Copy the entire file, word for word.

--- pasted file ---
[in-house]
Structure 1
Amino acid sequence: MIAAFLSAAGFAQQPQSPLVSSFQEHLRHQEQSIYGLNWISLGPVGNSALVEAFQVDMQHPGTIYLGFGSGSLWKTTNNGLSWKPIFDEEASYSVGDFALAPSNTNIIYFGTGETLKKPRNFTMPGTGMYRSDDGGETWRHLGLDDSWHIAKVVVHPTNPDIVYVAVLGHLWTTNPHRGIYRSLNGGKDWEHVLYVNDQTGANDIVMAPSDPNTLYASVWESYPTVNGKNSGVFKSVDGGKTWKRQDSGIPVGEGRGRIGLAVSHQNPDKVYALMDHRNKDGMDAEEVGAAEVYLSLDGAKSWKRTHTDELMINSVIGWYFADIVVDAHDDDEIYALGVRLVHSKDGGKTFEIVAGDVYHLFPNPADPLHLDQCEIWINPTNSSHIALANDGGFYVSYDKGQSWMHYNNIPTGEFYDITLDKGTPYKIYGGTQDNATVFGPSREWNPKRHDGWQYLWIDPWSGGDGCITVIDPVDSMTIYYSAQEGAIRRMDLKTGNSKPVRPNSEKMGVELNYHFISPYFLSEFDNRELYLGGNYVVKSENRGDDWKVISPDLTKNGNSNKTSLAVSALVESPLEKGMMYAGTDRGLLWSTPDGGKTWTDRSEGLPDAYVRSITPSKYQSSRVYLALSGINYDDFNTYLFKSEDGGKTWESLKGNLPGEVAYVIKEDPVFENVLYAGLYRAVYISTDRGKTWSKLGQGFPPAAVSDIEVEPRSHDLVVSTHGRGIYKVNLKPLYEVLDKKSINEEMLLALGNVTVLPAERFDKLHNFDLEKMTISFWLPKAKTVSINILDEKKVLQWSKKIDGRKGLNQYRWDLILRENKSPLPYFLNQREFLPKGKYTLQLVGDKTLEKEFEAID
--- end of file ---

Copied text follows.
[in-house]
Structure 1
Amino acid sequence: MIAAFLSAAGFAQQPQSPLVSSFQEHLRHQEQSIYGLNWISLGPVGNSALVEAFQVDMQHPGTIYLGFGSGSLWKTTNNGLSWKPIFDEEASYSVGDFALAPSNTNIIYFGTGETLKKPRNFTMPGTGMYRSDDGGETWRHLGLDDSWHIAKVVVHPTNPDIVYVAVLGHLWTTNPHRGIYRSLNGGKDWEHVLYVNDQTGANDIVMAPSDPNTLYASVWESYPTVNGKNSGVFKSVDGGKTWKRQDSGIPVGEGRGRIGLAVSHQNPDKVYALMDHRNKDGMDAEEVGAAEVYLSLDGAKSWKRTHTDELMINSVIGWYFADIVVDAHDDDEIYALGVRLVHSKDGGKTFEIVAGDVYHLFPNPADPLHLDQCEIWINPTNSSHIALANDGGFYVSYDKGQSWMHYNNIPTGEFYDITLDKGTPYKIYGGTQDNATVFGPSREWNPKRHDGWQYLWIDPWSGGDGCITVIDPVDSMTIYYSAQEGAIRRMDLKTGNSKPVRPNSEKMGVELNYHFISPYFLSEFDNRELYLGGNYVVKSENRGDDWKVISPDLTKNGNSNKTSLAVSALVESPLEKGMMYAGTDRGLLWSTPDGGKTWTDRSEGLPDAYVRSITPSKYQSSRVYLALSGINYDDFNTYLFKSEDGGKTWESLKGNLPGEVAYVIKEDPVFENVLYAGLYRAVYISTDRGKTWSKLGQGFPPAAVSDIEVEPRSHDLVVSTHGRGIYKVNLKPLYEVLDKKSINEEMLLALGNVTVLPAERFDKLHNFDLEKMTISFWLPKAKTVSINILDEKKVLQWSKKIDGRKGLNQYRWDLILRENKSPLPYFLNQREFLPKGKYTLQLVGDKTLEKEFEAID